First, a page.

The Supper at Emmaus, Riccardo Ferroni

Rome is so full of churches, and so many of them are dedicated to Mary, that it’s easy to go to the wrong one.  We meant to go to Santa Maria del Popolo in the Piazza del Popolo to see the two Caravaggios, The Crucifixion of St Peter and The Conversion of St Paul, but we mistakenly went to Santa Maria dei Miracoli instead and spent fifteen minutes wondering what had happened to the paintings.

There’s a third Santa Maria in the Piazza, Santa Maria di Montesanto, the twin of Santa Maria dei Miracoli, and it has a surprising painting, The Supper at Emmaus, by Riccardo Tommasi Ferroni.

It looks like a conventional Baroque painting until you notice that the boy in the foreground is wearing trainers. Then you notice that Jesus has put the meal on a newspaper. Ferroni painted it in 1982. It’s a rare setting of a biblical story in a quasi-contemporary setting, which interested me because in my narrative ceramics I tried something similar.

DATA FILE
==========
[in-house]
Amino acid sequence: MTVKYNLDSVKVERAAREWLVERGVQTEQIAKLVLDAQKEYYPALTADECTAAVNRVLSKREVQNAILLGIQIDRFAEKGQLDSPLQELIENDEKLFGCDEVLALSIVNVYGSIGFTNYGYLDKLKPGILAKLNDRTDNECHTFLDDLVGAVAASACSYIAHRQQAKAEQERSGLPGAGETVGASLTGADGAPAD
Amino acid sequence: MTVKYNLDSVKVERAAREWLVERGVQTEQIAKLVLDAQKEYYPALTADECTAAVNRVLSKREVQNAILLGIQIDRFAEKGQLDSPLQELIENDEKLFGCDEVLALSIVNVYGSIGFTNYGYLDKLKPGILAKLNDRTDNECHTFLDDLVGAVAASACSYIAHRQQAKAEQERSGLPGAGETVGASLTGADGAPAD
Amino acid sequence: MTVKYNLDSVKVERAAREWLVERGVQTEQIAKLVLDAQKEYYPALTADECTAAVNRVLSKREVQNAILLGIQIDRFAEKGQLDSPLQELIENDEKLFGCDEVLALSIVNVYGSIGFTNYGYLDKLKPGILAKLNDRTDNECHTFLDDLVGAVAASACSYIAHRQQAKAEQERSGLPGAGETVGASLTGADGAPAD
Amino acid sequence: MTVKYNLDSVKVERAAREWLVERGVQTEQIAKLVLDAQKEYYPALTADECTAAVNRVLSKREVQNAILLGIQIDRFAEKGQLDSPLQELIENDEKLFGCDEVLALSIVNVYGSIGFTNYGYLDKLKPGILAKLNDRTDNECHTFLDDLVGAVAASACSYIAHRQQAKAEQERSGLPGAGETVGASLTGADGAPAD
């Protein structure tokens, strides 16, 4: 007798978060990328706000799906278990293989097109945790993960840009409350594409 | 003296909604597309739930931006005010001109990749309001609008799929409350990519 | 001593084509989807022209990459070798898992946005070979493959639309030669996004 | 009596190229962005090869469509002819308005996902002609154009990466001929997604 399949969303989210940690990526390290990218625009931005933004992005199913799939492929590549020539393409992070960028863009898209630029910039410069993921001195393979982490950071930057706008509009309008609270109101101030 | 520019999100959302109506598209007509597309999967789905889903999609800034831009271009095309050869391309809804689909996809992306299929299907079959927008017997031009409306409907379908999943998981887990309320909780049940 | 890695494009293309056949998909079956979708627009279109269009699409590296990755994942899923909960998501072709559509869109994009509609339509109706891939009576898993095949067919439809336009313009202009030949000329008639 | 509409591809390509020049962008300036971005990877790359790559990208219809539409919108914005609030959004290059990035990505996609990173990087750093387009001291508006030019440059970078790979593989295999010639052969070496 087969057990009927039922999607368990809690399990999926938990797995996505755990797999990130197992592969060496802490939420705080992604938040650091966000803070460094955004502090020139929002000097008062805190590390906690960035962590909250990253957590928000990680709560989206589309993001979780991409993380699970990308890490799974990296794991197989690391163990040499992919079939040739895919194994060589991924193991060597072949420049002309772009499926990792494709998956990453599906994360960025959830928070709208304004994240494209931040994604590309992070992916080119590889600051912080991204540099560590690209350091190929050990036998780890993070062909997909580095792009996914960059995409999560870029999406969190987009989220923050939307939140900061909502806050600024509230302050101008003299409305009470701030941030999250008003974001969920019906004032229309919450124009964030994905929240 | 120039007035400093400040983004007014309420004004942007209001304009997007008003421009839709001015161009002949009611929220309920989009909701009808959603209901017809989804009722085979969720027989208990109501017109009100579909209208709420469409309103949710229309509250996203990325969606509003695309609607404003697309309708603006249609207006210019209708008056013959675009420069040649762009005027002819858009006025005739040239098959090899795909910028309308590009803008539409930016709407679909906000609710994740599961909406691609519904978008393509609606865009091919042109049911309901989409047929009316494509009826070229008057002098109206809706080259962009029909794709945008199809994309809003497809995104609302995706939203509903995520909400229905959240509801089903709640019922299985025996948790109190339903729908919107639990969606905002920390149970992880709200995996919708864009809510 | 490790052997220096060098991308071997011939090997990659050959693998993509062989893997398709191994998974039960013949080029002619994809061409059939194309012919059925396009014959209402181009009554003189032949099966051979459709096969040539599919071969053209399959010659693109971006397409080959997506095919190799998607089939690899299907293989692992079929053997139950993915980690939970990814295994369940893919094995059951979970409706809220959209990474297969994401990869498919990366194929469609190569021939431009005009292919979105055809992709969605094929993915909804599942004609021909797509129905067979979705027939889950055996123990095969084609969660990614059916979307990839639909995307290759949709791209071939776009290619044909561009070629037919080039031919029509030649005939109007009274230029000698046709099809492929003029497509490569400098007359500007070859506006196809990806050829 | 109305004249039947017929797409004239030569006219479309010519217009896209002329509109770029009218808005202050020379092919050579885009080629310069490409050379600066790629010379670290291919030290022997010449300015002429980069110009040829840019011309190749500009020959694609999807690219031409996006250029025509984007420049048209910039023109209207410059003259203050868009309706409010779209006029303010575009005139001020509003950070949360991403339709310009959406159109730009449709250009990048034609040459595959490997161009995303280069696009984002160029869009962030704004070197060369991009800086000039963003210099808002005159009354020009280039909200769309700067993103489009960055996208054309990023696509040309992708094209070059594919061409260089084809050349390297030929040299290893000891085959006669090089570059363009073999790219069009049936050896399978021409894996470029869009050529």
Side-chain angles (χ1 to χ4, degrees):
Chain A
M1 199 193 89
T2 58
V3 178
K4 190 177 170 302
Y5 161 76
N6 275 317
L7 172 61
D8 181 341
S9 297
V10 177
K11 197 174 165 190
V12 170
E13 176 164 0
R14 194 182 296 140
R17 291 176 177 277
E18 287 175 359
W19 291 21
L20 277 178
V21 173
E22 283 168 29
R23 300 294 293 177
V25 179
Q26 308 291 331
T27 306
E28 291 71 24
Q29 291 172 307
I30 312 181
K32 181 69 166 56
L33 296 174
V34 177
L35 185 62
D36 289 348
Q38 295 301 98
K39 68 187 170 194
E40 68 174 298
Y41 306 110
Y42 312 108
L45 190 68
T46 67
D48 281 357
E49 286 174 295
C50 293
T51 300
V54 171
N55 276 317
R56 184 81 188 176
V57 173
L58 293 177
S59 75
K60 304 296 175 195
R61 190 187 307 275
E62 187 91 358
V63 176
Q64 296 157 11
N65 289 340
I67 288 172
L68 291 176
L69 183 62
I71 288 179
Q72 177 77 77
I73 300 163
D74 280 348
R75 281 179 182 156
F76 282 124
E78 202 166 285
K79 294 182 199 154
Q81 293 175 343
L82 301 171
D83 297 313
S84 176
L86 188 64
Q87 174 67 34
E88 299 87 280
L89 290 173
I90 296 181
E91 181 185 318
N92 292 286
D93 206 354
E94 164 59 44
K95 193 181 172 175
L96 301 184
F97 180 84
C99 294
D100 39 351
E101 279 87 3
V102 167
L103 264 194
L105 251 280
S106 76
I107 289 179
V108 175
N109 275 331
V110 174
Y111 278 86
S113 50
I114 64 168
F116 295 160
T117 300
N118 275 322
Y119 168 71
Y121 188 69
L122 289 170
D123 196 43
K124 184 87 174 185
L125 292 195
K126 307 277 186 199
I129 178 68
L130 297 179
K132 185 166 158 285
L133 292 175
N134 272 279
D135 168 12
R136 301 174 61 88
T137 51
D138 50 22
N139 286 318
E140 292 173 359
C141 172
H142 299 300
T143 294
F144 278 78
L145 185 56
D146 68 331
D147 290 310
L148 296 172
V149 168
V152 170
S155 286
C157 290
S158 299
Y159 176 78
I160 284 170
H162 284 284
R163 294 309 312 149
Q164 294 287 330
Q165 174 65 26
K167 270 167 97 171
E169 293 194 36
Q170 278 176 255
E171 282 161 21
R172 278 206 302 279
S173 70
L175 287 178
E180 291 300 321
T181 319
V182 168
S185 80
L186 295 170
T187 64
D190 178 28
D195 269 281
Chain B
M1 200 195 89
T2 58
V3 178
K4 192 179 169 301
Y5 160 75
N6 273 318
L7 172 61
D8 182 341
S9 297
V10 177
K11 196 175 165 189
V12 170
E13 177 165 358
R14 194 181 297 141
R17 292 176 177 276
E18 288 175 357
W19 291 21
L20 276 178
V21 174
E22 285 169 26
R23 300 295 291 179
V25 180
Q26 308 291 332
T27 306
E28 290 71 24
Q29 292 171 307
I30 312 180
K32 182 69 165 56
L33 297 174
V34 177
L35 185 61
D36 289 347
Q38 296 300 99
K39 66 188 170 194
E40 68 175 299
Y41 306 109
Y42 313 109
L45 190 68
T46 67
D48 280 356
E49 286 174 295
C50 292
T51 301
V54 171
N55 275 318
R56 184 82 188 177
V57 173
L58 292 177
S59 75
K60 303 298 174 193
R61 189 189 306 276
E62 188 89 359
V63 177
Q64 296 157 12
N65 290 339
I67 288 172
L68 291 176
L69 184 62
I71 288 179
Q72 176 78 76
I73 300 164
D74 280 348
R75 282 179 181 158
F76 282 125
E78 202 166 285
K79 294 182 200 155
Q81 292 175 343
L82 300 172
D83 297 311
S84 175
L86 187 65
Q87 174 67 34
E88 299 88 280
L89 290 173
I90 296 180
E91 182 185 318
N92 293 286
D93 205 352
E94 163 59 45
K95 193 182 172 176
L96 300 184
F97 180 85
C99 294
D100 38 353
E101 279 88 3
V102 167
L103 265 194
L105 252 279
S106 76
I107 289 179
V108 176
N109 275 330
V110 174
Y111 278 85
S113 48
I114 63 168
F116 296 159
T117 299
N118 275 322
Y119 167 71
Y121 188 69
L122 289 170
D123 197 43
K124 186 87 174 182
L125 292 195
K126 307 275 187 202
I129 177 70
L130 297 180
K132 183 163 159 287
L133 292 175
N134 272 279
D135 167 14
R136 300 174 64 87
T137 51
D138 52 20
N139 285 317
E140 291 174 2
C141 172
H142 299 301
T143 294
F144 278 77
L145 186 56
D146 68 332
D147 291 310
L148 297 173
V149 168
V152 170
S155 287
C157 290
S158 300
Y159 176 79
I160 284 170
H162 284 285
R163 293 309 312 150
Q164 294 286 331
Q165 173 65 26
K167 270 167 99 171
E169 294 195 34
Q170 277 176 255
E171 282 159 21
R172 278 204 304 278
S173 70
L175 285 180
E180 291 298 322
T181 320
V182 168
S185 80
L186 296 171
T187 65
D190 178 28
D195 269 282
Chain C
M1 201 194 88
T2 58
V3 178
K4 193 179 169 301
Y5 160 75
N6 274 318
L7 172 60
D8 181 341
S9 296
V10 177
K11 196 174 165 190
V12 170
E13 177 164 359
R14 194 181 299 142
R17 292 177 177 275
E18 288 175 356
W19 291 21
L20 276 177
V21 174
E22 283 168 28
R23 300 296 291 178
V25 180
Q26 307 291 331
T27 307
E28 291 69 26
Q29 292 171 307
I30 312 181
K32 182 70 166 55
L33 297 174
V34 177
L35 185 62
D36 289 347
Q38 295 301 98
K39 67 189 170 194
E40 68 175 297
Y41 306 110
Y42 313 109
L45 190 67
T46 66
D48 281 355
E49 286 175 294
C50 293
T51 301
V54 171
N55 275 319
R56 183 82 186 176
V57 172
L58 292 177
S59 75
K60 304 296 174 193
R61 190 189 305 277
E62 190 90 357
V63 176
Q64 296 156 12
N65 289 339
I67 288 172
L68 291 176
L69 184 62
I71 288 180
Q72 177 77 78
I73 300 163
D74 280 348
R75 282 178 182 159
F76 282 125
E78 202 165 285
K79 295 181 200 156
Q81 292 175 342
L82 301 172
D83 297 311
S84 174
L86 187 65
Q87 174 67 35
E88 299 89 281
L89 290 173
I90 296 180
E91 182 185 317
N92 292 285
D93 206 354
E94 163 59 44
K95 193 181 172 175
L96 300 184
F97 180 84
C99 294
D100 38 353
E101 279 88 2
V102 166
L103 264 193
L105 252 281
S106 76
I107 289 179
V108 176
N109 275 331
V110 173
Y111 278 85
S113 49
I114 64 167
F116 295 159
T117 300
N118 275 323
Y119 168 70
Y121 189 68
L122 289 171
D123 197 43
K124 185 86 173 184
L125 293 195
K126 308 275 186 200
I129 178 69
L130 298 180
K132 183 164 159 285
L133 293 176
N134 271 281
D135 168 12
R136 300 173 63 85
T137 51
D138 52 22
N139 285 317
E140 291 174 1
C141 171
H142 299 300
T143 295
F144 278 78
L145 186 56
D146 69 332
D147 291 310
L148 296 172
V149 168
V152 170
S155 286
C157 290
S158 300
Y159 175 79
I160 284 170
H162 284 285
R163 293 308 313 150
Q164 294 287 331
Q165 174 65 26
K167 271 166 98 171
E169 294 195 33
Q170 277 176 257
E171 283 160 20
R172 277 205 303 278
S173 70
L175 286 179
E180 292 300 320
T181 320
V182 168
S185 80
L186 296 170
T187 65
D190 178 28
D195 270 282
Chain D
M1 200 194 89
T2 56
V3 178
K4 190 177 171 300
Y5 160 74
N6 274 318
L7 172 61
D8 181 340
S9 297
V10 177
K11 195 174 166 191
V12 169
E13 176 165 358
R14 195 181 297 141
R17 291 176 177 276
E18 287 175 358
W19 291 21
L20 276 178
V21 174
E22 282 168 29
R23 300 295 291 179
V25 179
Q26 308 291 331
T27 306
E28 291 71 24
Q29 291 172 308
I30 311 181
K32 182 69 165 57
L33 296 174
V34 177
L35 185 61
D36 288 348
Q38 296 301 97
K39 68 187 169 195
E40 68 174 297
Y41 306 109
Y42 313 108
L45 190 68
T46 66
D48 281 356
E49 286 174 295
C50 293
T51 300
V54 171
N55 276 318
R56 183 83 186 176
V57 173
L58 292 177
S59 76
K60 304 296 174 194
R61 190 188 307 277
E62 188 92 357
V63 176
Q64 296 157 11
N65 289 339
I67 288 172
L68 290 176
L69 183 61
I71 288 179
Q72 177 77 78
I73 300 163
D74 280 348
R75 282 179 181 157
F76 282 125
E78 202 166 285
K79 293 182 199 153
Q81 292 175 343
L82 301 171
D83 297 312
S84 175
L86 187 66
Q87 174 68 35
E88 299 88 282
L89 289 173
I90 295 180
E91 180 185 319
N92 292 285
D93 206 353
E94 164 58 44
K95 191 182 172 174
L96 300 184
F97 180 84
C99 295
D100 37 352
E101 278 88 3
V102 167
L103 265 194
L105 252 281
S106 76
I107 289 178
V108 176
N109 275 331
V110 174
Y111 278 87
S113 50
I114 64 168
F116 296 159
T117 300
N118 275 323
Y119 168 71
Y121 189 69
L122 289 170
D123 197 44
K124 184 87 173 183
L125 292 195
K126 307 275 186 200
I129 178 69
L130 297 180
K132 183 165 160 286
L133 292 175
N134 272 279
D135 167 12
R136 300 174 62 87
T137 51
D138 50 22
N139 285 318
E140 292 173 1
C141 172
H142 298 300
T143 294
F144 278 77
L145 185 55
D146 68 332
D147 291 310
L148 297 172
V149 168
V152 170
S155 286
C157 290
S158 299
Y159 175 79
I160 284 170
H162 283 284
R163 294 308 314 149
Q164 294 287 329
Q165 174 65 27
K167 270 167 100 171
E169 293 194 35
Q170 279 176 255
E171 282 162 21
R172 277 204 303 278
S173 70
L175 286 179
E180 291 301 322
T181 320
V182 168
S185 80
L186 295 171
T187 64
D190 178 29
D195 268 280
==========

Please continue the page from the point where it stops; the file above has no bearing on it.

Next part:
Ferroni (1934-2000) was born into an artistic family and studied at the Academy of Fine Arts in Florence. Later he moved to Rome. By the end of the 1950s he was recognized as a modern painter in the school of Caravaggio, referring to pictorial forms of the past, in particular Mannerism and the Baroque. He he participated in the Fourth Quadrennial in Rome (1965) and in the Fourth Biennial of Contemporary Art in Paris. In 1982 he was elected to the Accademia di San Luca and exhibited at at the Venice Biennale, where he was involved in an altercation with Antoni Tàpies.

Self-Portrait with Verdi, Riccardo Ferroni

Ferroni was a bold choice for Santa Maria di Montesanto because some of his other paintings were weird, such as his Self-Portrait with Verdi. But in truth Caravaggio, the bad boy of art, made far more disturbing paintings than Ferroni with his mild surrealism.

Caravaggio, Judith Beheading Holofernes

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